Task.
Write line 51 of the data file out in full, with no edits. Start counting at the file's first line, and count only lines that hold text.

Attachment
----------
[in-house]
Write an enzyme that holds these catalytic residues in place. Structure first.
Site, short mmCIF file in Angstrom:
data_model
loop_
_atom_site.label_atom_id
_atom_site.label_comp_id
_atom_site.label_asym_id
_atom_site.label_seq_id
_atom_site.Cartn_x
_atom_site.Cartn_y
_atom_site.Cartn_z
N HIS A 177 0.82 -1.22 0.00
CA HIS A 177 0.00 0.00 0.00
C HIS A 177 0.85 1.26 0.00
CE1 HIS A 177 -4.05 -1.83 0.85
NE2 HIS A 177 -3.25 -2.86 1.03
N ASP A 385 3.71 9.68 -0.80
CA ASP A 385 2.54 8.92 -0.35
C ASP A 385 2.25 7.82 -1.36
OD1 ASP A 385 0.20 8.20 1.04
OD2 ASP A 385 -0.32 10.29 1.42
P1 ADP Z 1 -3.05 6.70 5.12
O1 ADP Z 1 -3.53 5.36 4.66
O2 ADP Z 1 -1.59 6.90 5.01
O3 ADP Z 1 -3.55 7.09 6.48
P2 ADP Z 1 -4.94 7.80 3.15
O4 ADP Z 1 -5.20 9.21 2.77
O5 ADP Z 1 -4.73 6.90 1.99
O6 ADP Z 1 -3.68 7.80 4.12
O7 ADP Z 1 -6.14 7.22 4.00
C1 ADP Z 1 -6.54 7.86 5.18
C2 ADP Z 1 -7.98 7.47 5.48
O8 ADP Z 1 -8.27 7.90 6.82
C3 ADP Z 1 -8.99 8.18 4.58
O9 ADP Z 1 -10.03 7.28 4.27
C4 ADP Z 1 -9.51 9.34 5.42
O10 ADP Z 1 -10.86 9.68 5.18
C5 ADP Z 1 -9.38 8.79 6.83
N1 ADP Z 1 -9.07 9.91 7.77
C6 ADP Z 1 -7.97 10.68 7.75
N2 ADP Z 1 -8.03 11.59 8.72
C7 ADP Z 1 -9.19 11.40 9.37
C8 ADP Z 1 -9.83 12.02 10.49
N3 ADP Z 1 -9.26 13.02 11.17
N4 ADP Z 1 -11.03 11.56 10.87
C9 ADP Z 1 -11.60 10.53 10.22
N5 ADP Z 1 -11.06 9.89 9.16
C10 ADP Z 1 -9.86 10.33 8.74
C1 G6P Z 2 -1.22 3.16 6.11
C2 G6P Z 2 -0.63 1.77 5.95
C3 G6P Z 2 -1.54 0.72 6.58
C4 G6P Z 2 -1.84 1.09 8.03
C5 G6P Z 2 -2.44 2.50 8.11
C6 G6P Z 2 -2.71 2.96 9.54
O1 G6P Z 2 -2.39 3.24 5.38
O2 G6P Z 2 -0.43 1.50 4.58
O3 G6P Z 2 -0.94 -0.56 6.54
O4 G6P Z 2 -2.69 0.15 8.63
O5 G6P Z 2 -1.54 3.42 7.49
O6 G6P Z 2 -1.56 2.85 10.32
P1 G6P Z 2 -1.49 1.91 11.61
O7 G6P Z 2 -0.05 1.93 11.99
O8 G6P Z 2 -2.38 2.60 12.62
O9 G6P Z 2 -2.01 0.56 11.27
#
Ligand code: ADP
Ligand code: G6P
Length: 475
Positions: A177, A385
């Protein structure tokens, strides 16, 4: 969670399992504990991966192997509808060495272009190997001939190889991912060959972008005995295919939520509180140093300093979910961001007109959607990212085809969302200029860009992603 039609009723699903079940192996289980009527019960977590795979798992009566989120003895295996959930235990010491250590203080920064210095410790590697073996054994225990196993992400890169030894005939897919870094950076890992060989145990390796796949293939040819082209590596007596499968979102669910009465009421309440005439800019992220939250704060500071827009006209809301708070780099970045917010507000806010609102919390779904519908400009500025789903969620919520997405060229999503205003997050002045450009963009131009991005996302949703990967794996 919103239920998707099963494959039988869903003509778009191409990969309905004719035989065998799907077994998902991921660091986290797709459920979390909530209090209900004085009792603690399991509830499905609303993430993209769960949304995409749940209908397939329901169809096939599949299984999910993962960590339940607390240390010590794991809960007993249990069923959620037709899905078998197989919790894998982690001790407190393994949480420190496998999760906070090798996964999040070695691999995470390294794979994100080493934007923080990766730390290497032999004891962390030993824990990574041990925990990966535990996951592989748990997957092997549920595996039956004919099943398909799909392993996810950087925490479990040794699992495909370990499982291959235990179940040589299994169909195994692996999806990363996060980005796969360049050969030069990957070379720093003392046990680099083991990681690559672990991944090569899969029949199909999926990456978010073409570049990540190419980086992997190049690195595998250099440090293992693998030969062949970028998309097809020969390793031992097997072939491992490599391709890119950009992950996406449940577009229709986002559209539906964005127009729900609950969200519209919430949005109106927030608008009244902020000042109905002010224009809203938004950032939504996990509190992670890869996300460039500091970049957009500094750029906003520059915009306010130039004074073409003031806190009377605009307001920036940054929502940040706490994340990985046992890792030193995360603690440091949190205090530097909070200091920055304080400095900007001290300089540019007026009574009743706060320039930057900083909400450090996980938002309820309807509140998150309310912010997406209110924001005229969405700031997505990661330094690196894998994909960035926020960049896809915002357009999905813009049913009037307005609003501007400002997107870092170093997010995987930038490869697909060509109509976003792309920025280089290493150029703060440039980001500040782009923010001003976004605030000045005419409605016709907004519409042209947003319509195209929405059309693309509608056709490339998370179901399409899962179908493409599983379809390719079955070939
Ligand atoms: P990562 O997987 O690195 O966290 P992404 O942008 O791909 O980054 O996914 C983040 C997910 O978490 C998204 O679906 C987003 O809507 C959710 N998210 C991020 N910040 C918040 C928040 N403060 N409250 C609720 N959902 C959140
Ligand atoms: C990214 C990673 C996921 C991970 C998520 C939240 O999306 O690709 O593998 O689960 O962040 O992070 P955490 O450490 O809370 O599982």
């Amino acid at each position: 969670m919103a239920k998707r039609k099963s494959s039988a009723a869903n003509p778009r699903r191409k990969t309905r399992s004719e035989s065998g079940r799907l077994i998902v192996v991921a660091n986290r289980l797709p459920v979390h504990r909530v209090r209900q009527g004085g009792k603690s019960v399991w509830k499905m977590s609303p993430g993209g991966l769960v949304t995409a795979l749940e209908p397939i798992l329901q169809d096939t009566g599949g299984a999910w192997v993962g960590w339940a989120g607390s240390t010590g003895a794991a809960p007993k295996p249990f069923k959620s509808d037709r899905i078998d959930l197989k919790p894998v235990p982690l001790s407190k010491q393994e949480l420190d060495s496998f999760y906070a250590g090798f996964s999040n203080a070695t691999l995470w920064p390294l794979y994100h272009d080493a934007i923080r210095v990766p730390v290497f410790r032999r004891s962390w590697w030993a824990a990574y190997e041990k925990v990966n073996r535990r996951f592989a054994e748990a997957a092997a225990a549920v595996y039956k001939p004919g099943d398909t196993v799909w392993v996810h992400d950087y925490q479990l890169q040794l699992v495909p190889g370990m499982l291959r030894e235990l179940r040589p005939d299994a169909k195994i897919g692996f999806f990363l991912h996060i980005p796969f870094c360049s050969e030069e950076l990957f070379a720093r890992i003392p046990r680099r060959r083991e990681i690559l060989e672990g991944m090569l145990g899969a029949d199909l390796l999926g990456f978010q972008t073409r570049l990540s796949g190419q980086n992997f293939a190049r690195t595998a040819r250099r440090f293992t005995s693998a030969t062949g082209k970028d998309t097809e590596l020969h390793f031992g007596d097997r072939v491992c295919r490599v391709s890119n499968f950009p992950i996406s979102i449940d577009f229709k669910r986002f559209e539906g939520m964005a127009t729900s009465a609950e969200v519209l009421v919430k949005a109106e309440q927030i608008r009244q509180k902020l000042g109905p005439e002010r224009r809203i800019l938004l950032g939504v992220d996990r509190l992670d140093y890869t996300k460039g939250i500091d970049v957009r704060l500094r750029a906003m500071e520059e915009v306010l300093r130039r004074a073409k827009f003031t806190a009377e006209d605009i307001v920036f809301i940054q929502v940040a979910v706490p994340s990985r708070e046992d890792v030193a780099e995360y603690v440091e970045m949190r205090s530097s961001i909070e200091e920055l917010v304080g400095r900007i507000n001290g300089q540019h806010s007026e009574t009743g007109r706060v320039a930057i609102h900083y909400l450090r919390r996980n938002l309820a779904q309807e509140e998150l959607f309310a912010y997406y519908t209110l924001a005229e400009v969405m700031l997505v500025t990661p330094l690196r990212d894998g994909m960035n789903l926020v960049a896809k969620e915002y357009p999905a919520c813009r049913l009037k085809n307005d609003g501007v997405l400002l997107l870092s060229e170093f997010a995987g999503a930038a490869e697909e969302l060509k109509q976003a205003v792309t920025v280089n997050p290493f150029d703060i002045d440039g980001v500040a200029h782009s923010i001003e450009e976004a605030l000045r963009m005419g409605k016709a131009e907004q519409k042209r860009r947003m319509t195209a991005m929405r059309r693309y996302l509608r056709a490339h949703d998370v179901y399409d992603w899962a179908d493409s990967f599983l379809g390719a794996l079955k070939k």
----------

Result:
C2 G6P Z 2 -0.63 1.77 5.95